We are all born sinners.  I believe that any one of us is quite capable of committing an evil act, given the right circumstances.  A well ordered society which promotes behavior that encourages community and interpersonal relationships that are both deep and continuing will have fewer outbreaks of violence and evil than an atomistic society that speaks only of “rights” and hardly ever of “responsibilities”.

Friends we live in that very atomistic society in which everyone proclaims their “rights” (real and imagined) frequently and loudly.  American culture is today sick unto death.

I have no hope for the future of this nation if God does not send another Great Awakening among us–an Awakening that will last through multiple generations so that the rot that invests our public and private lives will be beaten back and replaced by (dare I say it) personal virtue and public responsibility.

The politicians can’t fix what is wrong with this country.  The courts can’t fix what’s wrong with this country.  The schools can’t fix whats wrong with this country.  Don’t waste your time looking to them.  If this nation will survive at all it can only do so when Christians begin to take God’s Word seriously–when the Sermon on the Mount becomes our standard–when a biblical worldview guides our lives–when we who claim to follow Christ begin to live His way, showing the world around us the superiority of God’s way of life in this world.  All too often it’s hard to tell the difference between Christians and non-Christians in how we live, how we speak, how go about our work, how we behave.

So let those who claim to follow Christ be the difference.  Even if we can’t save America, we can witness to the One who can.

Museum of the Bible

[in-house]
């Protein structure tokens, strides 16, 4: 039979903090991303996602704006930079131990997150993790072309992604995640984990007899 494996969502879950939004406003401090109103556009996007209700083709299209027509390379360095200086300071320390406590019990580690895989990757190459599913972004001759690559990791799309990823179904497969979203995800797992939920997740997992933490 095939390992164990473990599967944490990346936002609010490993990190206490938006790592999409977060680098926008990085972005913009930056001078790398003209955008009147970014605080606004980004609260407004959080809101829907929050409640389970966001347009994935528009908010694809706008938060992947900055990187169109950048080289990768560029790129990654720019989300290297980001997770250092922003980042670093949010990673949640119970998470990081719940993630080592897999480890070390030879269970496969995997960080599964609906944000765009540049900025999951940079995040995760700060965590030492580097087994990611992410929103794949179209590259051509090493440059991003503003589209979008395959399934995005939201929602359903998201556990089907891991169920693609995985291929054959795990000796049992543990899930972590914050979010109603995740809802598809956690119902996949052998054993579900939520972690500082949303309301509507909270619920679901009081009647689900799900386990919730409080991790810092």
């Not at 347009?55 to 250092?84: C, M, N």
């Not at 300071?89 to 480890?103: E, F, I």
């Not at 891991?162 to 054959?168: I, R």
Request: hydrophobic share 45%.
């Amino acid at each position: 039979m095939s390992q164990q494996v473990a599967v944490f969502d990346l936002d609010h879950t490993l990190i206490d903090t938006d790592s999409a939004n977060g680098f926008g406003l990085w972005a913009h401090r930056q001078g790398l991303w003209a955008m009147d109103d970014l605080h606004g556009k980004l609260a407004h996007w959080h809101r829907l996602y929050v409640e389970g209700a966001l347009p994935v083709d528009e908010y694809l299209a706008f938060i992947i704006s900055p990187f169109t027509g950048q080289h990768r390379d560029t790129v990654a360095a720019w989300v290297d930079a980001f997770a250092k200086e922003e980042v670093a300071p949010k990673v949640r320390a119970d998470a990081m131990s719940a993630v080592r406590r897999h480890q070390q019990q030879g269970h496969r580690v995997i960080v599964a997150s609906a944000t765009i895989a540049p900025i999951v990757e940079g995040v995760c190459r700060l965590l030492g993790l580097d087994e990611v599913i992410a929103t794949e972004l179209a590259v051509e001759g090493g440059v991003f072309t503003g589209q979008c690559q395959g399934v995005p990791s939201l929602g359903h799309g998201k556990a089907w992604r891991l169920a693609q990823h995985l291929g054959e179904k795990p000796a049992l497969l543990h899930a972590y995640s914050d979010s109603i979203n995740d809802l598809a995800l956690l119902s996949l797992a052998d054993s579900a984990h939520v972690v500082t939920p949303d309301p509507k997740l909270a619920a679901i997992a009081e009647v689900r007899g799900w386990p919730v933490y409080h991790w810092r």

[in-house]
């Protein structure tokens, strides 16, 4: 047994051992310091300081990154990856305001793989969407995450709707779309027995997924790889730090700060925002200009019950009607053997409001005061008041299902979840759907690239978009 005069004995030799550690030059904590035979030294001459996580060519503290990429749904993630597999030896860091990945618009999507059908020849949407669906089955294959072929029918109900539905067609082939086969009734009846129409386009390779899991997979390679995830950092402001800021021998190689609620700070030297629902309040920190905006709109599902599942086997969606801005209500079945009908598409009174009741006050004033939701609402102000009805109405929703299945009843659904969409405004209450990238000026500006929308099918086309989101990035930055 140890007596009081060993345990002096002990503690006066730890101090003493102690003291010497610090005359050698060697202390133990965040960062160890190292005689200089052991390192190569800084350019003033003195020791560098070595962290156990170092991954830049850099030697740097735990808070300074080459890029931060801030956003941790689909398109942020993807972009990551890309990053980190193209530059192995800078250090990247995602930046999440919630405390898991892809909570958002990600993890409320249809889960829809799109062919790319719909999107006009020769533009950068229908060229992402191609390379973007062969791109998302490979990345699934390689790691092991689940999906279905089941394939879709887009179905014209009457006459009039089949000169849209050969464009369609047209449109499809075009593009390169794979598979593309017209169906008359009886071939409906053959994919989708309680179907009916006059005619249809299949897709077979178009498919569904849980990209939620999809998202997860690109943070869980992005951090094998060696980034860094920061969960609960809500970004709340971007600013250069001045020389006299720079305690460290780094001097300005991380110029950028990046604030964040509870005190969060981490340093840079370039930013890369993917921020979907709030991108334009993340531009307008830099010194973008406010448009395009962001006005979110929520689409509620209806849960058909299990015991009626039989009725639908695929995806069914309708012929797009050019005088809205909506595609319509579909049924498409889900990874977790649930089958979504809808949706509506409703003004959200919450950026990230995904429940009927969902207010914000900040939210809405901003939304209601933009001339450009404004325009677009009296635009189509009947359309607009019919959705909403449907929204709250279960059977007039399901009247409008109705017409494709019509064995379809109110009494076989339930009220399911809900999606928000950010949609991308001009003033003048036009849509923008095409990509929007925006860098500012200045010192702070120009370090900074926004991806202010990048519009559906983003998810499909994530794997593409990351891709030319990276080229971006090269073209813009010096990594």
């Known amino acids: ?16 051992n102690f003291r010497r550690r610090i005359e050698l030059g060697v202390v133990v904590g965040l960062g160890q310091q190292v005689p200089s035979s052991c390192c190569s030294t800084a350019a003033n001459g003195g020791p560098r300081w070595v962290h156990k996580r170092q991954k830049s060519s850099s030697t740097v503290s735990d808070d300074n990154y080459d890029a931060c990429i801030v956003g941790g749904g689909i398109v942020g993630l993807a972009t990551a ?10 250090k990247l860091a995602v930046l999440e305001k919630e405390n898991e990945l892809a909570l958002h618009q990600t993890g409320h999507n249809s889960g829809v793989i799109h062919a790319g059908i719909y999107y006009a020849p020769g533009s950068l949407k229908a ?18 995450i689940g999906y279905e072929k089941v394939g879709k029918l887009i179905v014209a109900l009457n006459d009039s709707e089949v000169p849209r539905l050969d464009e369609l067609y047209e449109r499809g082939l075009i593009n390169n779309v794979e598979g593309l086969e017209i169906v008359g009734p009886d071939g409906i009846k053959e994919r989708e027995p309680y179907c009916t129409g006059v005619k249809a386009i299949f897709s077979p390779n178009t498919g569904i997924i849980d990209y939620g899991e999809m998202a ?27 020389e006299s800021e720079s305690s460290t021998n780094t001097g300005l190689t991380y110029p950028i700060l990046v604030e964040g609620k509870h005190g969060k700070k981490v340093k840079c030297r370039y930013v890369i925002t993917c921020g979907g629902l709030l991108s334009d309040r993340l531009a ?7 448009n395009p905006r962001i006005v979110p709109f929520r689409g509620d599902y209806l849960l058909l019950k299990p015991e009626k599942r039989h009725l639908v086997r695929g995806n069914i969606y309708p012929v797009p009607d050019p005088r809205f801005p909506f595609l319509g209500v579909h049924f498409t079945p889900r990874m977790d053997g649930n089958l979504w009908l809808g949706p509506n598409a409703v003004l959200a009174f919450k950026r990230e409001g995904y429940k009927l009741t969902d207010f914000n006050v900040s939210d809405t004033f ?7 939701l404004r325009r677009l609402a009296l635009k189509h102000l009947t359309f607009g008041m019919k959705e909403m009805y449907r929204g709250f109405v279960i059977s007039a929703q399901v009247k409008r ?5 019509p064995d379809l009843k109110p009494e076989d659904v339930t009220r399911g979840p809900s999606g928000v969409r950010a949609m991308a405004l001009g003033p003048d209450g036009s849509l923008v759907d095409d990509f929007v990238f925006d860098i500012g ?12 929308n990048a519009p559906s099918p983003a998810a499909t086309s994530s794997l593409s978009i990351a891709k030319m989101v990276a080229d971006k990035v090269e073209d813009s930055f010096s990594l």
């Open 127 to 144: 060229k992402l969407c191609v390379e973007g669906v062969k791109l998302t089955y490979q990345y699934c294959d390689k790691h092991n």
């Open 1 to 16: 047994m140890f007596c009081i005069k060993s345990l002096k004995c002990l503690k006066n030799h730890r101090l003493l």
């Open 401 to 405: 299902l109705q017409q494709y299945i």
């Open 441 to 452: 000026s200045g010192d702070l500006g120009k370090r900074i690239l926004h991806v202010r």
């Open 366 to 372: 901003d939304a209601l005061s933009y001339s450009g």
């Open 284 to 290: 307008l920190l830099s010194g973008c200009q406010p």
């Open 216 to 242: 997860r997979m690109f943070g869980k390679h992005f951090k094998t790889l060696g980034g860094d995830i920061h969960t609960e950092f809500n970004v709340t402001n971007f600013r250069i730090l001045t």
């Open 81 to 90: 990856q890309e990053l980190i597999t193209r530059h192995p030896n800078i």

Well, it’s been quite some time since I last posted and I have every intention of being better about this work, but who knows how well I’ll do.  Anyway ….

My wife and I went to see the new Museum of the Bible in Washington, D.C.  It’s an interesting place to visit and you can easily spend an entire day there.  Some of it is first rate, some is less so for a person who already knows a lot about the topic, and some is, well, vaguely irritating.  I was especially turned off by a section quoting the deist Thomas Jefferson and the Unitarian John Adams about the importance of the Bible.  But, all in all, it’s a trip worth doing.

I was most taken by a display of the first editions of Tyndale’s New Testament, the Coverdale Bible, the Geneva Bible, the Great Bible, the Bishop’s Bible and the King James Version.  As an English speaking Christian there is a kind of thrill in thinking about the people who actually held those books in their hands and read God’s Word in their own language.

One of the troubling things about the visit was the amount of security they feel is necessary.  There are guards stationed inside and outside the building.  Metal detectors, of course, and some of the most interesting bag check machines I’ve ever seen were also present.  I’ve been told that there were threats made against the museum while it was being built.  Satan’s minions are ever active in this world and evidently this privately built 6 story museum just off Capitol Hill is deemed by our enemy to be dangerous to his plans.

My wife commented to me that any other book that had as much impact on the world as the Bible would be required reading in every school.  And she’s absolutely correct.  The Word of God comes off the pages with power and with effect.  Nothing is so threatening to our debased and evil national culture as God’s Word found in Scripture.  Nothing speaks Truth with such authority as Scripture.  Nothing is more precious to those who have God’s Word than it is.  And nothing has changed the world as much as the proclamation of the Gospel of Jesus Christ crucified and risen for us.